Fall 2022 English 2110 Doyle Essay Due: 9/16 (posted to Moodle) Requirement

Fall 2022 English 2110
Doyle Essay Due: 9/16 (posted to Moodle)
Requirements:
2-3 pages in length
May include up to 2 sources
First Draft (Due 9/6)
Final Draft
One of the most striking aspects of Brian Doyle’s “Joyas Voladoras” is the essay’s movement—how it shifts, sometimes seamlessly from subject to subject, fact to philosophy. You could describe Doyle’s essay as having four major movements. The first is the hummingbird, then the blue whale, then a discussion of the heart in many contexts. And finally, in the last paragraph, Doyle broadens his discussion to include the human “heart”—the organ said to contain our love, loss, and pain. Each of the four movements contains some reference to the heart. Ultimately, then, “Joyas Voladoras” is an essay in which one central image repeats in four movements, tying the essay together through the metaphor of the heart.
Doyle’s essay makes very smooth transitions, despite the fact that the subjects he writes about might seem quite different at first. After all, a hummingbird and a blue whale would not occur to us to be similar creatures—ones we might put side by side in an essay. But Doyle connects all of these creatures in order to say something about the human condition. As you think about the ways that Doyle makes these connections, write an essay in which there are four major shifts in topic. Your four topics might seem unrelated at first, but your challenge will be to connect them in some way. In so doing, you may find that writing in this particular form—and making these connections—allows you to learn or inquire into a subject in a new way.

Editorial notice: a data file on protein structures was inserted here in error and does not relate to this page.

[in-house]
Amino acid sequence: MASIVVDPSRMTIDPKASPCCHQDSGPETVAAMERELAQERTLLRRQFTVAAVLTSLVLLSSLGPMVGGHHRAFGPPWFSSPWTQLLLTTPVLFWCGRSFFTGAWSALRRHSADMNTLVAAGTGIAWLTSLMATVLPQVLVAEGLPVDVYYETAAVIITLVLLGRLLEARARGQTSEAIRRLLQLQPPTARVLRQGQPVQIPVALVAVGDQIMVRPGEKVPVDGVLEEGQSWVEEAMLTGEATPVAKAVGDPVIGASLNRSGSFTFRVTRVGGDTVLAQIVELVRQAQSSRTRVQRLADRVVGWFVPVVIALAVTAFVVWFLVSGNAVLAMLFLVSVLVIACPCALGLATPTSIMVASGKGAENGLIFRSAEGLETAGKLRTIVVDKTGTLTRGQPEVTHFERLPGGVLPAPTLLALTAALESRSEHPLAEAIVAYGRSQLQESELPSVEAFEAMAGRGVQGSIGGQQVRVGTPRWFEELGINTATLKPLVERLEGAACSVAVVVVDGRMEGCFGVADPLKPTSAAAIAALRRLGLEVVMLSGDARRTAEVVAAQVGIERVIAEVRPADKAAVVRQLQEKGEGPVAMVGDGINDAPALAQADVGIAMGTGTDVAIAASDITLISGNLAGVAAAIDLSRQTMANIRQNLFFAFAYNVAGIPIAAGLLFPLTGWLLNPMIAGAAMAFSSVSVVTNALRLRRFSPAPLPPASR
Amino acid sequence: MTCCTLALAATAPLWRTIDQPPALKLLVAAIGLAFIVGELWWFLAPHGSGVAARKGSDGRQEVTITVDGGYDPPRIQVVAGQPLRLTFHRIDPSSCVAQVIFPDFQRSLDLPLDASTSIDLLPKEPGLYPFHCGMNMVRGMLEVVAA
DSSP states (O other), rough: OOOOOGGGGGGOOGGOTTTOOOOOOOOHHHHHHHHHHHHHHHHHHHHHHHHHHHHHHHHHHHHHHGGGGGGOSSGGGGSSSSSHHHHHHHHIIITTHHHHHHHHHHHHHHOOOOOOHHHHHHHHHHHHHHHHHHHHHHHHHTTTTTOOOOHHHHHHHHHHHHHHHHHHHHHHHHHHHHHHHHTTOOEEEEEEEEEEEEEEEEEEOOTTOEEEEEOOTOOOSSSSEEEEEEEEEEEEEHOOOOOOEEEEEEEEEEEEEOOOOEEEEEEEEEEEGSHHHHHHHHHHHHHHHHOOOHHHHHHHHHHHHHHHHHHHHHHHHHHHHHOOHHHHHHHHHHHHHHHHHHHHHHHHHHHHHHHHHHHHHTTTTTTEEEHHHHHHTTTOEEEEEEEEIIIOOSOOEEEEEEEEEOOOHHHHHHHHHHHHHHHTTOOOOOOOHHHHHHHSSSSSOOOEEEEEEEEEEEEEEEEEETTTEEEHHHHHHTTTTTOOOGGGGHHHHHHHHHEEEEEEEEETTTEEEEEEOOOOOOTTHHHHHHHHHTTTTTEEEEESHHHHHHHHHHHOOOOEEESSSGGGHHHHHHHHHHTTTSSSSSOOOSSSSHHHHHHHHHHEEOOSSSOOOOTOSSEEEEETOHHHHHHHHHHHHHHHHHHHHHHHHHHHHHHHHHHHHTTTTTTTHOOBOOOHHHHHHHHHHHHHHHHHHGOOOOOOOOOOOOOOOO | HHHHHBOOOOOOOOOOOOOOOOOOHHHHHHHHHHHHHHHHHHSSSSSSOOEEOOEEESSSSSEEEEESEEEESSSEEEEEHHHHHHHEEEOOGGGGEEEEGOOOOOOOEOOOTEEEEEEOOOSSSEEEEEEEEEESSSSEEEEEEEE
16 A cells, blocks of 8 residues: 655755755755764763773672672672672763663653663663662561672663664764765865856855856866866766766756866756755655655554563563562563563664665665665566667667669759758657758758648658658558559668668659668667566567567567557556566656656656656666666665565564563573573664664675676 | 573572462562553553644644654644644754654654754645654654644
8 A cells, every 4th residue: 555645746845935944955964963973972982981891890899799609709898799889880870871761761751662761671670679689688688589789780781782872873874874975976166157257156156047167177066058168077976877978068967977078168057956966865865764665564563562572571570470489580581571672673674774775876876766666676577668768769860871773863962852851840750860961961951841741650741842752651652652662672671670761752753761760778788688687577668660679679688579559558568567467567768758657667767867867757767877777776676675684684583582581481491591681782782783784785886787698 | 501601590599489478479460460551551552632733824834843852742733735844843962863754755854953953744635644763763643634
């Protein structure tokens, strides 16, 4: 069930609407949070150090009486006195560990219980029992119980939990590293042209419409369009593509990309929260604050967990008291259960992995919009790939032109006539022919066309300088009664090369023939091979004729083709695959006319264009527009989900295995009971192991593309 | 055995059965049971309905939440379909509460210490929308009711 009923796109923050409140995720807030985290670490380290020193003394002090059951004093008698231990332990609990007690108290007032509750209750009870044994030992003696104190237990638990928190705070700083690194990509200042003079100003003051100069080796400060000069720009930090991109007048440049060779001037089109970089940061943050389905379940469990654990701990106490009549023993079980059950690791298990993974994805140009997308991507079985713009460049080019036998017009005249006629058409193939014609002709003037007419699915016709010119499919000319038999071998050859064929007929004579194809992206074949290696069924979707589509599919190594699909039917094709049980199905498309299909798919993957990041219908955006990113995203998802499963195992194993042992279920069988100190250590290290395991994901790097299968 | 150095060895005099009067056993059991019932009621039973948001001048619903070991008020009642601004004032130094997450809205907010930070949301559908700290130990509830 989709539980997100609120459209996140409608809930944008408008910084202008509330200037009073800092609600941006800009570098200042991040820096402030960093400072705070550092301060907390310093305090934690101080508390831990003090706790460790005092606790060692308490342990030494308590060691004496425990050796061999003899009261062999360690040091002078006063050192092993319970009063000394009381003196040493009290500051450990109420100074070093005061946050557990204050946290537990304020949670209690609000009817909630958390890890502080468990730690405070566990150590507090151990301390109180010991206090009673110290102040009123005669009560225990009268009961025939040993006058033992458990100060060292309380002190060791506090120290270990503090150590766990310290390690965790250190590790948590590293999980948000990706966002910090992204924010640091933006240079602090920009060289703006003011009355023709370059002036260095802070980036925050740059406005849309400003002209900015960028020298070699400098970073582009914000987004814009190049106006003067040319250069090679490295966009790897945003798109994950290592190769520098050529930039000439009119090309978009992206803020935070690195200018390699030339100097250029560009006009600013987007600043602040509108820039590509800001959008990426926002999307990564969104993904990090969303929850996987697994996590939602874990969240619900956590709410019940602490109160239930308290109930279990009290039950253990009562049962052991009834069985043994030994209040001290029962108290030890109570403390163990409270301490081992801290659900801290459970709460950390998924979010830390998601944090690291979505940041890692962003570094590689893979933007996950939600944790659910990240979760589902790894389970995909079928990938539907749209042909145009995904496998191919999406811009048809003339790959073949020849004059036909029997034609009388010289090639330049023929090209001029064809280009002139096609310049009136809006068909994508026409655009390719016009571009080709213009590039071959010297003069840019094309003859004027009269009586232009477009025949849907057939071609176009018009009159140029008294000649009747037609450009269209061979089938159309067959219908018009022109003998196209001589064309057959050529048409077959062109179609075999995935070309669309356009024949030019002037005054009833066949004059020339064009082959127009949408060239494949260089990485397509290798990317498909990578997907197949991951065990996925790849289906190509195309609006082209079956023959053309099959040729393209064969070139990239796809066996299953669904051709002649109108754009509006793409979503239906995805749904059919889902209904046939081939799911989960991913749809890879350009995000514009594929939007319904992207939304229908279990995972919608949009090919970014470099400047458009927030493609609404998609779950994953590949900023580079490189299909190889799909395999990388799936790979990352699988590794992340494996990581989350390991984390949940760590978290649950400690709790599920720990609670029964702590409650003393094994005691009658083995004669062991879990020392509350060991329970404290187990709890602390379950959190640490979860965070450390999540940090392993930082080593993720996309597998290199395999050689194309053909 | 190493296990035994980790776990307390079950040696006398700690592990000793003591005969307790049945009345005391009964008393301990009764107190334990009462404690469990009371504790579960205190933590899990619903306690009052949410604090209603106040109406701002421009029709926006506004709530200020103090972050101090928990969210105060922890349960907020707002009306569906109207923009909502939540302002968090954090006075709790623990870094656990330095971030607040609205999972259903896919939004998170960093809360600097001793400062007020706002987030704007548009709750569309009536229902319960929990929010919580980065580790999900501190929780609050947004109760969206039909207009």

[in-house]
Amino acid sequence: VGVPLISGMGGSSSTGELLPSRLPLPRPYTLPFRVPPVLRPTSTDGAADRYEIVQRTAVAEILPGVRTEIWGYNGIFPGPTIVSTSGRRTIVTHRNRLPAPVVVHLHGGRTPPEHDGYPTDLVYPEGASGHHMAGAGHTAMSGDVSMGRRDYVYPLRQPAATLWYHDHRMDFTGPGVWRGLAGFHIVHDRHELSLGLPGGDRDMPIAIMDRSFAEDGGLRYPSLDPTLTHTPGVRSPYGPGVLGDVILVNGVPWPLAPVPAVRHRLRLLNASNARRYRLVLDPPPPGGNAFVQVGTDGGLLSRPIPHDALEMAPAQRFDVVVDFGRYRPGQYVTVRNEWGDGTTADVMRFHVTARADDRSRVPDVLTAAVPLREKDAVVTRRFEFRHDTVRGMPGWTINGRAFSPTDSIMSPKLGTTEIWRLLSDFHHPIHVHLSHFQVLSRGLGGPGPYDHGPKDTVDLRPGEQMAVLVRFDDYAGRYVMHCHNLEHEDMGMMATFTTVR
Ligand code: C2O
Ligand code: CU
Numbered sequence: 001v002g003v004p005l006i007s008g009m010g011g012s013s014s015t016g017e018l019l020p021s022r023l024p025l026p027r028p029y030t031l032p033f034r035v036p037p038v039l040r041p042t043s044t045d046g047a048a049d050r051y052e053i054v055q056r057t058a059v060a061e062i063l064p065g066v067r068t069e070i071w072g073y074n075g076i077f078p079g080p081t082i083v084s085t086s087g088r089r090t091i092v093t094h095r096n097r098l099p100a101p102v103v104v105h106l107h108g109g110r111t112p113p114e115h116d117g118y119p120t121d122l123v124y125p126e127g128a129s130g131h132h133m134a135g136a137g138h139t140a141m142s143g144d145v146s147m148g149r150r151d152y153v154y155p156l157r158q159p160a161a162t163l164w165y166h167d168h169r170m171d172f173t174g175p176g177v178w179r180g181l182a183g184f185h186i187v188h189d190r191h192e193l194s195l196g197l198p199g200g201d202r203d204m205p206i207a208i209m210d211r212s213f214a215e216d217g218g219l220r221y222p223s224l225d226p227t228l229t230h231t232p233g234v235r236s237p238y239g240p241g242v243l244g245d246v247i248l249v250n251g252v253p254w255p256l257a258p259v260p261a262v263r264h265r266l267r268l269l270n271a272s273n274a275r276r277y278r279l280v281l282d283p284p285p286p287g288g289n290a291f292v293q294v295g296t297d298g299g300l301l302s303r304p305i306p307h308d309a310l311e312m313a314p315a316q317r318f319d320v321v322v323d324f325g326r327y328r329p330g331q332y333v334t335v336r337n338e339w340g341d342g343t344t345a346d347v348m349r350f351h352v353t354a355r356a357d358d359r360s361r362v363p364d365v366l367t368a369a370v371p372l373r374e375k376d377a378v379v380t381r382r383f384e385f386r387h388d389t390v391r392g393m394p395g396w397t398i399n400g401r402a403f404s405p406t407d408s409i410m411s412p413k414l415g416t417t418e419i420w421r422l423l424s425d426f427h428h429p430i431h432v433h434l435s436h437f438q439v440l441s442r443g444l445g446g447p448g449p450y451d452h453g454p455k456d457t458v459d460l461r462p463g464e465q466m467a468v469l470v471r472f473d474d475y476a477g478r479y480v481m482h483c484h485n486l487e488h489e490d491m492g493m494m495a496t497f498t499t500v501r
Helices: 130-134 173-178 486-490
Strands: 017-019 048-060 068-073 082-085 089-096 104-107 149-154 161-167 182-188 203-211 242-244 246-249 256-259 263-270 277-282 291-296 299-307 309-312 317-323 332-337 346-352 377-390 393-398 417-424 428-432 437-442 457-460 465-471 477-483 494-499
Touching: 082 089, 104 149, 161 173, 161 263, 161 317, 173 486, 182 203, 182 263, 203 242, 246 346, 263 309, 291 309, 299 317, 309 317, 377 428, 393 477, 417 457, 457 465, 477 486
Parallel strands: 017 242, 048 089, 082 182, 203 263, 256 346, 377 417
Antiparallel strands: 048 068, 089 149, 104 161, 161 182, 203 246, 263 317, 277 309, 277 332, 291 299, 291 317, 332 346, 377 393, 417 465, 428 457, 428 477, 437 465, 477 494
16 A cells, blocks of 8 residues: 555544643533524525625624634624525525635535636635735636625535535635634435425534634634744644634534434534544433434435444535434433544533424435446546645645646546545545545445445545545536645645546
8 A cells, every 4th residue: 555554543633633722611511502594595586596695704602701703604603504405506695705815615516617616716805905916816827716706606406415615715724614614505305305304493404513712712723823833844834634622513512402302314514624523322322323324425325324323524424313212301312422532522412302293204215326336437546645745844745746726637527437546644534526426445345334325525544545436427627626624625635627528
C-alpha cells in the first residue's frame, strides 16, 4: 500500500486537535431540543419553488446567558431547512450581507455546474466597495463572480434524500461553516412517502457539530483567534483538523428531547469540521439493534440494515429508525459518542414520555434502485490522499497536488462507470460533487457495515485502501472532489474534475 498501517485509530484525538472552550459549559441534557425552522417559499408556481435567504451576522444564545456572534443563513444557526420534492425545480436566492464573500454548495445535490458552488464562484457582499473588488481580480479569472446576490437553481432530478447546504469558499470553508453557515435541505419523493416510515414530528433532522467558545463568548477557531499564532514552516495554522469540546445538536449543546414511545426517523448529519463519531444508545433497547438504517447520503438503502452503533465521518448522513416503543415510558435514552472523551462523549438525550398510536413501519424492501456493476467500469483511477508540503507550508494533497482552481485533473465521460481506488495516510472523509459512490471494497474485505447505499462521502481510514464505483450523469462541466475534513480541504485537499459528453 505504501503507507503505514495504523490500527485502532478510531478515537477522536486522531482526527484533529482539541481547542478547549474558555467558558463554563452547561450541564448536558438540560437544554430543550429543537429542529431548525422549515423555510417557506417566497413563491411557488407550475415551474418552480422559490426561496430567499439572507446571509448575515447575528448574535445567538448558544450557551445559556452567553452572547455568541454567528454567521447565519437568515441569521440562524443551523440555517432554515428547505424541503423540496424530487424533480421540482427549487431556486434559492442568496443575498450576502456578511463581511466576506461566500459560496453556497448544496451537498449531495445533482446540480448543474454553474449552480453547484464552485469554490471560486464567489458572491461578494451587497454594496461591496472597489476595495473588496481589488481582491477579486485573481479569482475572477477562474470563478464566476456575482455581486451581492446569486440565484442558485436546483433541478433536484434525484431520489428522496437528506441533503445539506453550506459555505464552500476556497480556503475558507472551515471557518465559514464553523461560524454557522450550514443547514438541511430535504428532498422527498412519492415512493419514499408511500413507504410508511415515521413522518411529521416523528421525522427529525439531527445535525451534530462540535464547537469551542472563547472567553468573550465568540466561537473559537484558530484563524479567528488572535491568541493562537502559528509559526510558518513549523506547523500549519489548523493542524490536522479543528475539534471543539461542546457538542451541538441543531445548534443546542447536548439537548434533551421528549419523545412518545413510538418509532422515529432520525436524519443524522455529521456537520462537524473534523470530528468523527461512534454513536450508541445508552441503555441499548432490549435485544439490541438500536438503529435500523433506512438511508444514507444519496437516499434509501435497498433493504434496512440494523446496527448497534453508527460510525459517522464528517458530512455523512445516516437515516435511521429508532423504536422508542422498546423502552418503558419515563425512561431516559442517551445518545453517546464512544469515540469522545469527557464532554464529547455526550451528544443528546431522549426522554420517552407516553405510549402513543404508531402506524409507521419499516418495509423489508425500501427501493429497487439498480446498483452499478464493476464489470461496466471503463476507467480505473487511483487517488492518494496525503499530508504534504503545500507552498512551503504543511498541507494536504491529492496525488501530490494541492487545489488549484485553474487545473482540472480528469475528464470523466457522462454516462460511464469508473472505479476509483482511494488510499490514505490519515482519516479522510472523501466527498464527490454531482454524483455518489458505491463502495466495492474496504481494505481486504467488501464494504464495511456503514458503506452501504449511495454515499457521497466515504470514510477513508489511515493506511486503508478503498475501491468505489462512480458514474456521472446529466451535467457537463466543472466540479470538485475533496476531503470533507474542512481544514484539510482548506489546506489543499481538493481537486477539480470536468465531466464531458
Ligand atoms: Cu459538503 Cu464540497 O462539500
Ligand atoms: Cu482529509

Your essay should begin with a single image, as Doyle does with the hummingbird. This image should be something you can describe in detail, something you know a lot about or want to inquire into. Then, allow this image to lead to the next. You may do this associatively in the process of writing, or you may try to plan ahead. The idea is to transition three or four times, and to highlight the ways each of your four topics are connected. You might consider, also, the way that Doyle’s final paragraph brings all of the prior images of the essay together. How might you make these kinds of connections at the end of your essay? In this sense, your prompt invites you to imitate Doyle’s movements. You should think of these movements as both imitating the structure of Doyle’s larger essay and imitating the structure of his sentences, the structure of the moves and choices you see him making as a writer. Your challenge is to understand those moves and choices, and to demonstrate that understanding through making similar moves of your own.
We will brainstorm various Doyle moves in class beforehand and your task will be to play with image and form by imitating at least two of these moves in your own essay.

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